Network Develops New Functionalities of Microstructured Surfaces

Within the framework of the WIR!-Bündnisses „GRAVOmer – Kompetenzregion mikrostrukturierter Funktionsoberflächen“ companies and research institutions from all over Central Germany have developed various projects that could contribute to CO2 avoidance, waste reduction and the saving of resources.

Three projects of the GRAVOmer network were recommended for federal funding and will be supported with 15 million euros in the future. These include projects dealing with the precise embossing of surfaces, paper made from waste generated in biogas plants and a training and further education program on microstructured functional surfaces.

Central Germany as Competence Region for Microstructured Functional Surfaces

GRAVOmer is a network for the “application-oriented design of surfaces on an industrial scale” based in Leipzig. Possible applications of specific surface structuring include self-cleaning decorative coatings, optical and haptic surface effects and flow-optimized microfluidic channels (microfluidics comprise the behavior of liquids and gases on micro levels).

Together with the WIR! alliance, GRAVOmer has set itself the goal of developing an innovation region for microstructured functional surfaces and promoting the intensive exchange between industry and science. In addition, the network aims at long-term networking with regional companies:

“With the Gravomer network, we want to enable companies from Central Germany to establish regional value chains around the production and application of complex surfaces,”

explains Prof. Dr. Engisch, co-initiator of the WIR project and Professor of Materials at the HTWK Leipzig.

Currently, 40 companies and institutions, mainly from Saxony, Saxony-Anhalt and Thuringia, are working in the network on innovative ideas for microstructured functional surfaces. The aim is to achieve permanent cooperation between the network partners:

“With our GRAVOmer innovation network, we would like to initiate sustainable cooperations, especially between alliance companies. The cooperation should extend along the entire value-added chain from the material or tool manufacturer to the producer of the final product”,

explains Ulrike Helmstedt, head of the alliance.

The following future projects will be funded by the federal government:

New Methods of Microstructuring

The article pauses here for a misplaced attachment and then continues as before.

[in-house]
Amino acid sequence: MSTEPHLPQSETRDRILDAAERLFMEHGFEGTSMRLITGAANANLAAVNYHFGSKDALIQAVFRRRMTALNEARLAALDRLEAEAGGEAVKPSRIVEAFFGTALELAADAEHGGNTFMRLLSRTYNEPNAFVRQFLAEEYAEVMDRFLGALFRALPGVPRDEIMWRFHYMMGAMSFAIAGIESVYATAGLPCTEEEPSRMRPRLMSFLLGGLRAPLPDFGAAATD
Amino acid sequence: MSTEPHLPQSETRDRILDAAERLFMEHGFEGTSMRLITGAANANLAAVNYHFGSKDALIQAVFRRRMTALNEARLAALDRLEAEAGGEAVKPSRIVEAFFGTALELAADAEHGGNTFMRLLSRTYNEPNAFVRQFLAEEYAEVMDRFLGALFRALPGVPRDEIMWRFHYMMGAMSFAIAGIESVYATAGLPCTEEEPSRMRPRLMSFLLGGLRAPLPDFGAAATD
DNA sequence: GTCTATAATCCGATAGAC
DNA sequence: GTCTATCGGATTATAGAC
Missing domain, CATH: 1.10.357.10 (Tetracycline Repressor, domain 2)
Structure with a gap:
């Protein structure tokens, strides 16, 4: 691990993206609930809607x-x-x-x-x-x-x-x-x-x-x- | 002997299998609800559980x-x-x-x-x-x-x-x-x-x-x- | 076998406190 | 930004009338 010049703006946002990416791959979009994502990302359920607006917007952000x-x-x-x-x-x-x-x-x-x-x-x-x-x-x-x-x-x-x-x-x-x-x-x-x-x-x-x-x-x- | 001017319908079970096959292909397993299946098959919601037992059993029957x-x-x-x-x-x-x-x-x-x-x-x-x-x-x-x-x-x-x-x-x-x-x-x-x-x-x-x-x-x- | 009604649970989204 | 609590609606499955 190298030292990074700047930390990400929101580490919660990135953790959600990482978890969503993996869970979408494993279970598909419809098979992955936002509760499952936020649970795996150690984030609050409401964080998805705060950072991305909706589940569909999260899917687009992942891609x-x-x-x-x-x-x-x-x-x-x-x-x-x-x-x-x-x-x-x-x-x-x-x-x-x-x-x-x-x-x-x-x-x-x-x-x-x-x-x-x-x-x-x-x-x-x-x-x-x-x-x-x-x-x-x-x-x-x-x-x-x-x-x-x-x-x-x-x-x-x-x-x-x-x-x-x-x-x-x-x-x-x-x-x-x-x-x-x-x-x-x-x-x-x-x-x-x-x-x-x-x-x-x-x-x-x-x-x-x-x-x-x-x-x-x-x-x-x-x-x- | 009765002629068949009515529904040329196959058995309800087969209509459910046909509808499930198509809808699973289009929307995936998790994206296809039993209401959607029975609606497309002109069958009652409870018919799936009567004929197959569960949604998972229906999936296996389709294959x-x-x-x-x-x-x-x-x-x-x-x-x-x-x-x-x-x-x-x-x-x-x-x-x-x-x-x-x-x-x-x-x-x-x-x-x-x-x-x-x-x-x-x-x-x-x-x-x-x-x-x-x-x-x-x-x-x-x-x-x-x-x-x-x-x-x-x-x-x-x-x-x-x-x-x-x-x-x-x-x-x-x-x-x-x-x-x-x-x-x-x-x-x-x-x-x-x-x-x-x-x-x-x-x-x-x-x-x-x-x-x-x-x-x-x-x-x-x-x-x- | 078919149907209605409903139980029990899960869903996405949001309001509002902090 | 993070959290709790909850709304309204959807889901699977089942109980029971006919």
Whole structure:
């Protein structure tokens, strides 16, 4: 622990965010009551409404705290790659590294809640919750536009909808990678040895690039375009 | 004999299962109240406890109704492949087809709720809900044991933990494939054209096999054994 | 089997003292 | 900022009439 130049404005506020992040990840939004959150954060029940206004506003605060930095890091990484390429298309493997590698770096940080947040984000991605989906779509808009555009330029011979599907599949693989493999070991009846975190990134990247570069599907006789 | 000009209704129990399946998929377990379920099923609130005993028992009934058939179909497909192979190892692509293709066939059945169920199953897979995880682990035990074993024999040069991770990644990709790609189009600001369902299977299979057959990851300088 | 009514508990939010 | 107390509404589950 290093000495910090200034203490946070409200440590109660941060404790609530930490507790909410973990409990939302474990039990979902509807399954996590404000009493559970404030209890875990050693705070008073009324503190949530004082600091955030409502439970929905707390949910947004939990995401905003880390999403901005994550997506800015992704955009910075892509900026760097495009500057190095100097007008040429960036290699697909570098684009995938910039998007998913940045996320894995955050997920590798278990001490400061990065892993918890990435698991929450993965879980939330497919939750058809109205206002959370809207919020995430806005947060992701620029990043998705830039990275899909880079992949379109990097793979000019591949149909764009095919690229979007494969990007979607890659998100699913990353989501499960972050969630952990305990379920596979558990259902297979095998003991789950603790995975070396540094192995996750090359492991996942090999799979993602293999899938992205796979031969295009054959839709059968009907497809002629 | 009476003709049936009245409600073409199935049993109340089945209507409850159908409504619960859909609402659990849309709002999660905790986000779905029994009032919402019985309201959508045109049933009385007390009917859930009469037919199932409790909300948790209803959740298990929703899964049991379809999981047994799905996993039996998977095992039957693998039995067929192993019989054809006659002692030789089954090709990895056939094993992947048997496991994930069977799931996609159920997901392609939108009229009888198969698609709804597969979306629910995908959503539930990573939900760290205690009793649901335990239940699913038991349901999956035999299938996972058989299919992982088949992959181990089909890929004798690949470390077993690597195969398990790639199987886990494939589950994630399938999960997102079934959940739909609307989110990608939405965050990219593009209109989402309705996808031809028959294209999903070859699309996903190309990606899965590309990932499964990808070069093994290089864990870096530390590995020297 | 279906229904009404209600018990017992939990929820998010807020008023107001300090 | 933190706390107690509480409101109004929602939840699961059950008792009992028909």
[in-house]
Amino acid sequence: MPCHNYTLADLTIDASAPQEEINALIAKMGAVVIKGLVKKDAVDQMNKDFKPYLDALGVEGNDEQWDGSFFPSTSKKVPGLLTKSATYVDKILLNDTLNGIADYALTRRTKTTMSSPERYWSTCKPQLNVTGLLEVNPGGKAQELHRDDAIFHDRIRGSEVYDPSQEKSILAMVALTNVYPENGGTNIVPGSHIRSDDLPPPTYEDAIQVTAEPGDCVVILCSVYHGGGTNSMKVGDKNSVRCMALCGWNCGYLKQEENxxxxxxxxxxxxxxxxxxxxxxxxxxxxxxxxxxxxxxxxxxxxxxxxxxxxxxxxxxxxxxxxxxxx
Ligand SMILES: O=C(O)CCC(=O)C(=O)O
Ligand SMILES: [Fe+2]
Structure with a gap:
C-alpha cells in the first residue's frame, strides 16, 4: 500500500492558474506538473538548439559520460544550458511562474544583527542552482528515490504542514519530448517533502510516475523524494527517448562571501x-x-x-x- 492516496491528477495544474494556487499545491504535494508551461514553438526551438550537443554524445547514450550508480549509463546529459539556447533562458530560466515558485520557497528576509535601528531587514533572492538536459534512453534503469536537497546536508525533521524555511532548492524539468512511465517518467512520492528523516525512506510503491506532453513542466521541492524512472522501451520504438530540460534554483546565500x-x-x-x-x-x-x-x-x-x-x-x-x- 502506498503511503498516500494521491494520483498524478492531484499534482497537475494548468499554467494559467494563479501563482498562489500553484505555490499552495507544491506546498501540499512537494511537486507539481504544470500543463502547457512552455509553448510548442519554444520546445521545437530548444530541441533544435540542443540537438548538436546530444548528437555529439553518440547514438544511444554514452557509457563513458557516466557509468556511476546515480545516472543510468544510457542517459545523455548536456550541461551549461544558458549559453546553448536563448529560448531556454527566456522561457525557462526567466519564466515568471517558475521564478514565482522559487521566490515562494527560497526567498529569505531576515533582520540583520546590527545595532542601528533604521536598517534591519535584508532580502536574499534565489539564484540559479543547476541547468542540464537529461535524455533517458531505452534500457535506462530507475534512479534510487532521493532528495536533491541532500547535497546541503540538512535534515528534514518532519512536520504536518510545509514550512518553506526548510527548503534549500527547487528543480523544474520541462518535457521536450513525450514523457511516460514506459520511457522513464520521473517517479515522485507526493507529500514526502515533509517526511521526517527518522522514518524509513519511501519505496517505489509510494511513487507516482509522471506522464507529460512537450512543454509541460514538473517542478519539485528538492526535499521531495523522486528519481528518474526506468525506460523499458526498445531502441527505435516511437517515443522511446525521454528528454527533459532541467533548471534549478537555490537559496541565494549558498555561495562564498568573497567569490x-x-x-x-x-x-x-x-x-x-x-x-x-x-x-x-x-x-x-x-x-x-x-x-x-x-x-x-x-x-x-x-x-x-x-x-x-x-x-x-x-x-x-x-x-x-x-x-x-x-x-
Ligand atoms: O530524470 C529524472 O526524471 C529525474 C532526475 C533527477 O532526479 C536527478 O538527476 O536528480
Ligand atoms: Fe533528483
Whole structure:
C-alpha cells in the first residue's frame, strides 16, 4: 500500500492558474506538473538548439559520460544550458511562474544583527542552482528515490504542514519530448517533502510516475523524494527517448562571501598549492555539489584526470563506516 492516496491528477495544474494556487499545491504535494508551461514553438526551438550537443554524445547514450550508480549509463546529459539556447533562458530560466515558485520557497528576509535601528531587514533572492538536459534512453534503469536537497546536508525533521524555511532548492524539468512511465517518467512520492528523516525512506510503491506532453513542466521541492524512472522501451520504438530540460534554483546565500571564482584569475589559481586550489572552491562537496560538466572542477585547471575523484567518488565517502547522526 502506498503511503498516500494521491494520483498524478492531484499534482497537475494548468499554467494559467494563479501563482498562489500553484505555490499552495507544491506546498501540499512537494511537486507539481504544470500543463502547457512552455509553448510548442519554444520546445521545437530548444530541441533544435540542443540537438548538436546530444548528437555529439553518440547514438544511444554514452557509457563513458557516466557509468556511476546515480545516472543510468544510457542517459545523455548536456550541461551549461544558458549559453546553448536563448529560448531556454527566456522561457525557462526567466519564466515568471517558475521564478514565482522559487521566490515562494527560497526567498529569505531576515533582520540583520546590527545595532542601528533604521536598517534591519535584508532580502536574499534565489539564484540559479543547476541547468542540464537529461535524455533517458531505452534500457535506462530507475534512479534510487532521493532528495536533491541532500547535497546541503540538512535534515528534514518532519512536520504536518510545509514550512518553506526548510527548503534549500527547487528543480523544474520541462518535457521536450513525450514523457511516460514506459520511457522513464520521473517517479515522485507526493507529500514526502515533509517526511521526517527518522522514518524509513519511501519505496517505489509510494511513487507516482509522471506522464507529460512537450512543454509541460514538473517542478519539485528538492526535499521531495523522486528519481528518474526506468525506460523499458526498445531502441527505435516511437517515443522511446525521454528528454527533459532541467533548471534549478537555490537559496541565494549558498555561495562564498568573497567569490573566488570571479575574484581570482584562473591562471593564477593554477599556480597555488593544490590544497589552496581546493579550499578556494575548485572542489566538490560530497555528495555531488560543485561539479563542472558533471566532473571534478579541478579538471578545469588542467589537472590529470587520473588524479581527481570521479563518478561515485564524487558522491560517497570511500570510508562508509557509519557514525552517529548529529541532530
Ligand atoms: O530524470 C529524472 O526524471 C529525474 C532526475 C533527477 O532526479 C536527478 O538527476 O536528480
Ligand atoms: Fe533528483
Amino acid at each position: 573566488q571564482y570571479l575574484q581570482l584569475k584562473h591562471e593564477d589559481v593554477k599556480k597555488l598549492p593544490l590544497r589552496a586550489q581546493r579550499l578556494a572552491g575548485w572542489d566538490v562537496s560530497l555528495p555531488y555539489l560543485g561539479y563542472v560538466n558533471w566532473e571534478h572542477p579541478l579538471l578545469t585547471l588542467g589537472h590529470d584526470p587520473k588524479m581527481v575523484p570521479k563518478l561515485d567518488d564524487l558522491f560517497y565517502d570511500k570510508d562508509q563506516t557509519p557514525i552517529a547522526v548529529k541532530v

New methods of microstructuring are decisive for the innovative projects of the GRAVOmer network. These are laser chemical processes in microelectronics, which enable “photochemical influencing of very small spatial areas on various substrate materials commonly used in microelectronics” (source: Spektrum).

With the help of laser technology, cylinders of embossing machines can be processed so finely that surface structures are given completely new properties. For example, glass surfaces can be provided with a functional surface that is invisible to the human eye. In this way, birds can be protected against collision with glass panes, for example. Other areas of application include surface structures that prevent fogging and icing of external sensors in autonomously driving cars. Precise embossing in the decorative and packaging sector can also produce antibacterial structures for packaging or wall surfaces, which can then be used in hospitals.

The GRAVOmer network is also working on content for an education and training program on microstructured functional surfaces. Among other things, the linking of existing courses of study to new training formats is being planned, which will deal with the interaction of materials, surface structures and production processes to create innovative surface functionalities.

Paper from Waste Generated in Biogas Plants

Microstructuring methods also play a role in the production of paper from waste generated in biogas plants. Manufacturers have already been able to develop bio grass paper, which consists mainly of fibers, from the residues of biogas plants. However, this can only be used for a few, mostly decorative purposes. In the project of the GRAVOmer network, entrepreneurs and scientists are currently working on a method for treating rough surfaces made of natural fibers. The aim is to develop a printable paper made from plant by-products for industrial mass production. Upcycling at it’s best!

We wish the GRAVOmer network every success in the implementation of the projects and are pleased to report about the first results! Do you know other projects dealing with microstructuring? Write us a comment!